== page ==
“There are two types of bioplastics: bio-based, made of renewable raw materials, and biodegradable. For nature, we prefer those that are both bio-based and simultaneously biodegradable, so that they do not sustain in nature as waste for decades. Our bioplastics meet both conditions”, explains Professor Pavel Alexy of the STU Faculty of Chemical and Food Technology in Bratislava.
First-generation bioplastics consist of two components: polylactic acid made of starch, and polyhydroxybutyrate, a biomaterial produced by bacteria. What the bacteria need as a nutrient is just sugar, either that made of sugar cane, or just whey, i.e. the waste of no practical use, generated in the production of dairy products. Such bioplastics are protected as a utility model in the Slovak Republic; a patent application has been filed and the patent has raised interest in Europe and several Asian countries. The material bears the brand “nonoilen”, which means “not made of oil”.
A new patent application for second-generation bioplastics has been submitted to the Patent Office.
“Second-generation bioplastics exhibit additional environmental bonuses. Used frying oil, hazardous waste produced in large quantities all over the world, is a source of polyhydroxybutyrate, a bio-plastic material which degrades in industrial compost conditions at the temperatures of 50 or more, as well as in domestic compost conditions at 20-30 ℃. Its degradation in common soil and in sea water is currently being investigated. This may be a significant contribution to reducing non-degradable plastic waste in the densely polluted seas”, says Professor Alexy.
Having collaborated mainly with the Slovak Academy of Sciences during the development of the first-generation bioplastics, Professor Alexy currently intensively cooperates with the scientists of the Technical University of Brno and a commercial company, developing the technology for processing waste oils to polyhydroxybutyrate.
The STU team is closely collaborating with some companies and universities on utilising the invention in practice. Massive commercial use of bio-based and degradable plastics is considered in cooperation with manufacturers of plastic containers, cutlery, packaging foils as well as mulch foils used in agriculture to conserve soil moisture and reduce weed growth. An original option is application in the field of design and fashion: the STU chemists with designers of the crafting plastics! studio have come up with an idea of using bioplastics for sunglasses frames; their design won the 2017 National Design Award in the category of Value-added Design. It was also nominated for the German Design Award and currently is exhibited at the Venice Biennale of Design and Architecture. The young designers managed to get support for the project through the Kickstarter.com. crowdfunding portal.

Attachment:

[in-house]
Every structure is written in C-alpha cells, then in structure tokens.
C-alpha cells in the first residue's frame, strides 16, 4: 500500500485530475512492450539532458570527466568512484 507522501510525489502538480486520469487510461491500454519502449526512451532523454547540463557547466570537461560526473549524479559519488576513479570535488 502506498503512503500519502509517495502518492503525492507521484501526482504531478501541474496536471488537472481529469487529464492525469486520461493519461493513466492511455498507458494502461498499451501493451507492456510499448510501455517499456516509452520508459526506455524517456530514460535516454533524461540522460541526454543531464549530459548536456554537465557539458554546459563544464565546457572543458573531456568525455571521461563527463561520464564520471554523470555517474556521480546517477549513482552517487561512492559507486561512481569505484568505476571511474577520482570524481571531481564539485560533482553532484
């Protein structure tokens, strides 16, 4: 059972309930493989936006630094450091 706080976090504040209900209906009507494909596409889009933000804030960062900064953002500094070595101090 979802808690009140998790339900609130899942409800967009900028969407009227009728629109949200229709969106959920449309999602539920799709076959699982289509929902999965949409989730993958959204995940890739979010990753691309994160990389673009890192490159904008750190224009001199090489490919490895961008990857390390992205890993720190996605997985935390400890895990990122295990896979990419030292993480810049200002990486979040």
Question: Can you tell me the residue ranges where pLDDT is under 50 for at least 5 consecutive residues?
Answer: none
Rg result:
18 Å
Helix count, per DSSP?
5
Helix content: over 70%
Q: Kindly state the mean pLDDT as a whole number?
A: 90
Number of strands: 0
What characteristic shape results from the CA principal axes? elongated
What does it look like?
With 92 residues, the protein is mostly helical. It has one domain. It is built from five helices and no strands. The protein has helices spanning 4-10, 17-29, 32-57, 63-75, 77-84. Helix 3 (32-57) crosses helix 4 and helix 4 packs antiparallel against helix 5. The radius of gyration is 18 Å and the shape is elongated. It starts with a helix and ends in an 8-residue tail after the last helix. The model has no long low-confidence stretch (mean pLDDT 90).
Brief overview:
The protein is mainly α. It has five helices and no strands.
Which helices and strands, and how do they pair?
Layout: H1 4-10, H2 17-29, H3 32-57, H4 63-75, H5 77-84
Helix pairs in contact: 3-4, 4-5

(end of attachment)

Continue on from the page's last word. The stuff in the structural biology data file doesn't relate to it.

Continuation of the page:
“Since my university studies, I had been interested in working with sustainable materials. After teaming up with Professor Alexy, we were challenged to experiment with bioplastics. Until then, bioplastics were considered as a biodegradable material associated with disposable products. Later, we decided to investigate the options of longer lifetime. Fashion industry is considered the second biggest polluter after oil industry, and therefore we turned to fashion accessories, starting with rain-coats and later focusing on the glasses frames. We are currently working on prototypes of furniture, particularly chairs and interior accessories, reusable coffee thermo-cups and toothbrushes, which are disposed of in high quantities, as well as fashion accessories such as bags or textile”, says Vlasta Kubušová from crafting plastics! studio. Vlasta Kubušová studied design at the STU Faculty of Architecture and, as the first Slovak student, graduated from the prestigious Berlin Universität der Künste.
Medical applications represent another option of utilising bioplastics. In this field, the STU cooperates with specialists of the Comenius University Faculty of Medicine in Bratislava and the top experts in implants development of the Technical University in Košice. Bioplastics may serve as temporary implants supporting complicated fractures. Research is also being carried out in the field of tissue engineering; in the laboratories, complete substitute organs are grown on a bio-substrate that will gradually decompose.